Hobbes 101

1.) Hobbes has both a philosophy of the person and of political relations. They are tightly connected and cross-justify each other, but if you only have time to learn one, learn the political philosophy, the success of which is much easier to see and much harder to contest.

2.) Human Equality. For us, human equality is a great point of pride and source of dignity. If all are equal, so we think, we can all be friends and no one has a right to exploit or subjugate anyone. Hobbes agrees with our vision of equality but sees it as much more problematic than we do.

Equality is the absence of greater and lesser, or of natural hierarchies. Bees and termites have natural hierarchies and so are not born equal. Human beings have nothing like this: some are born drones, others workers, others the queen. But government consists in hierarchy, and so human persons by nature have no government. We might have families and even small tribes with recognizable hierarchies, but nothing much beyond this.

3.) The State of War. The absence of hierarchy or rule gives everyone by nature the powers that a king has during war. While there are some limits even here, they are so broad and expansive as to be basically infinite. Kings in time of war do things that, for a citizen in a time of peace, would be called murder, fraud, kidnapping, unjust imprisonment. Notice the problem of what we usually take to be so ennobling and dignifying about free democracy: “Every man a king”.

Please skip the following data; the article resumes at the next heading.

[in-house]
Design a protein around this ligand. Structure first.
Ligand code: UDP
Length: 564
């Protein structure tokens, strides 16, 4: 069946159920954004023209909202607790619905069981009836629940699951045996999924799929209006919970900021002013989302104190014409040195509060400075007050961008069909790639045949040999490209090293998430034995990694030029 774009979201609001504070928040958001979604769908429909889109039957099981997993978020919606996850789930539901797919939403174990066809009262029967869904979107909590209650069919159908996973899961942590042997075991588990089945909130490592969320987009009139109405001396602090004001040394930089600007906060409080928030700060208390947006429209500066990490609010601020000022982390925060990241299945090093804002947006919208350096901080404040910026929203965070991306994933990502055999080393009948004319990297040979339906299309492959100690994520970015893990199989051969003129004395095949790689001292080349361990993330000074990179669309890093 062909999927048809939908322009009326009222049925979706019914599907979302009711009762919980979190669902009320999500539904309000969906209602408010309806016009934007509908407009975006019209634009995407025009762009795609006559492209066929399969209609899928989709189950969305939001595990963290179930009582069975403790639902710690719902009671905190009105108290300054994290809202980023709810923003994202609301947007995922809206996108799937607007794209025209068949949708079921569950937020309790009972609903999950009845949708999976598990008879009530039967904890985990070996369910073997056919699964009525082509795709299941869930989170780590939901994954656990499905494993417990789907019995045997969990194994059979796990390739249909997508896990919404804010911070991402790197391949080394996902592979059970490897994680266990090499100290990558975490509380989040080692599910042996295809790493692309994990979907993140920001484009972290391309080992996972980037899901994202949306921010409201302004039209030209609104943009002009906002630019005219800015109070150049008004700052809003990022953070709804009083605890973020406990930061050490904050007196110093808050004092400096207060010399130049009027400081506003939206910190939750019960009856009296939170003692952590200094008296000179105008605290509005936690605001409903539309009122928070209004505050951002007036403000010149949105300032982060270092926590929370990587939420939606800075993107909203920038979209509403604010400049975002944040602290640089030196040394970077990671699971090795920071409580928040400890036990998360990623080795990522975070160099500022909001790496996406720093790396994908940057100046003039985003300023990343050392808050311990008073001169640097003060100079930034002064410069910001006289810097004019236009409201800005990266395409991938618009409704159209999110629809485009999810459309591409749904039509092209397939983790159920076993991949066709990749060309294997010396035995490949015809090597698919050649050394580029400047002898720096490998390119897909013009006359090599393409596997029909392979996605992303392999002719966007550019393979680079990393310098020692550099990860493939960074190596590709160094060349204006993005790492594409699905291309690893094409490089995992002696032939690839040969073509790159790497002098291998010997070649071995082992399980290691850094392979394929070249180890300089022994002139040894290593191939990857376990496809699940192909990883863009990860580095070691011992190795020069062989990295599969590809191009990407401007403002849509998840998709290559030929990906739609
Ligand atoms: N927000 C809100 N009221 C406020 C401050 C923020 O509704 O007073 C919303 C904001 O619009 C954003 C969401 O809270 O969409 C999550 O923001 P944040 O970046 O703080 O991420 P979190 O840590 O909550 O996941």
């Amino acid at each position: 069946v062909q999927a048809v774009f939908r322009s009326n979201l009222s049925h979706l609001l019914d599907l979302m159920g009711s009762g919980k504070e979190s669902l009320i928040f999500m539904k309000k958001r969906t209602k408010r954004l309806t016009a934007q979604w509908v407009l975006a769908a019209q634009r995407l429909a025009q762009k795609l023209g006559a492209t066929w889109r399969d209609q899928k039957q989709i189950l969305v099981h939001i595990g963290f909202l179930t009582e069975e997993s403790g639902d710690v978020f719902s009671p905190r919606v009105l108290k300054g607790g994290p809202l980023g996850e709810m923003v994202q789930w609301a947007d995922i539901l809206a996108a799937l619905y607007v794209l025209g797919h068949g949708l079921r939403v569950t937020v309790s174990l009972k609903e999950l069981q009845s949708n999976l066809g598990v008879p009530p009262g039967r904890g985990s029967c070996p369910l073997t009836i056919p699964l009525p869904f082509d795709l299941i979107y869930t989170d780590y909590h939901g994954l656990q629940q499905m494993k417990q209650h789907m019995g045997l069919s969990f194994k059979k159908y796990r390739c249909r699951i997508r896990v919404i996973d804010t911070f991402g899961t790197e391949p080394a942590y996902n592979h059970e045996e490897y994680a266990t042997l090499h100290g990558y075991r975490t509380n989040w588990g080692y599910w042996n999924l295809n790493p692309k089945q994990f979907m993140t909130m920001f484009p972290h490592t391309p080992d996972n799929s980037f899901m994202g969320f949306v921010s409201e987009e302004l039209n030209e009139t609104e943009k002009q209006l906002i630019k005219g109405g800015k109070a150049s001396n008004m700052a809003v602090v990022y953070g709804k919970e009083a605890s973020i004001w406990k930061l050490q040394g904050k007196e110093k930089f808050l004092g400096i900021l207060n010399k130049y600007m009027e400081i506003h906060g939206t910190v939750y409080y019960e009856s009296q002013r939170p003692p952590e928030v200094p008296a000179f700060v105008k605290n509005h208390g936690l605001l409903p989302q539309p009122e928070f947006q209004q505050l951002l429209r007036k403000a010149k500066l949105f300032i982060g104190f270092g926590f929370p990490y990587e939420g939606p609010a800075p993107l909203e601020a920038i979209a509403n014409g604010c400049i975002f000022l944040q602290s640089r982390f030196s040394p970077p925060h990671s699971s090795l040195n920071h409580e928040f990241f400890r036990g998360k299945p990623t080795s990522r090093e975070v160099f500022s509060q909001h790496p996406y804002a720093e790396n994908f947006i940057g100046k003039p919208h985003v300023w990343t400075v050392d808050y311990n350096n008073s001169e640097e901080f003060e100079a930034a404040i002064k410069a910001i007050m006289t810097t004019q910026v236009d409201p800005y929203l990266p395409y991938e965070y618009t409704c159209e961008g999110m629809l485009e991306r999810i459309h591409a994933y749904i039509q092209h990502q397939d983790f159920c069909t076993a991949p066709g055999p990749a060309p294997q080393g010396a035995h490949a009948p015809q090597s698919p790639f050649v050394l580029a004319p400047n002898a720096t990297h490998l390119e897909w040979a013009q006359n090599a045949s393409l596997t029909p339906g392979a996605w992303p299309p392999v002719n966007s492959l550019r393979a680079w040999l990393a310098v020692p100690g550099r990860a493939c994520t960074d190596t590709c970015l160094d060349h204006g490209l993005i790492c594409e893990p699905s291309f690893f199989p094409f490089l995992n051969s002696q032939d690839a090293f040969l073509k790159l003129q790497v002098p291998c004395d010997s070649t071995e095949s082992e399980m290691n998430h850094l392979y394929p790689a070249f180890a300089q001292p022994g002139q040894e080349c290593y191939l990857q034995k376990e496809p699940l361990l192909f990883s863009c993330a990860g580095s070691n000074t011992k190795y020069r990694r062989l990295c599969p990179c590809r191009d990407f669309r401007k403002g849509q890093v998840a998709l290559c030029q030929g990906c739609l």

4.) SPNBH. Every man a king, however, leaves us with an obvious lack of social stability. Contracts need not be honored, long-term planning and co-operation becomes largely a wasted effort, and no one can count on the sort of social mechanisms that are indispensable to have utilities, trade, stable institutions like universities, stores, road-building crews, engineering… In other words, anything recognizably social, ennobling, and beneficial to life disappears. By nature, in Hobbes’s lapidary conclusion, human life is solitary, poor, nasty, brutish. and short.

5.) The Solution. the political solution consists in man abandoning natural right or in having it taken from him. It is renounced birthright, and so a solution that is inherently unstable and even what a scholastic would call violent, i.e. contrary to a natural impulse.

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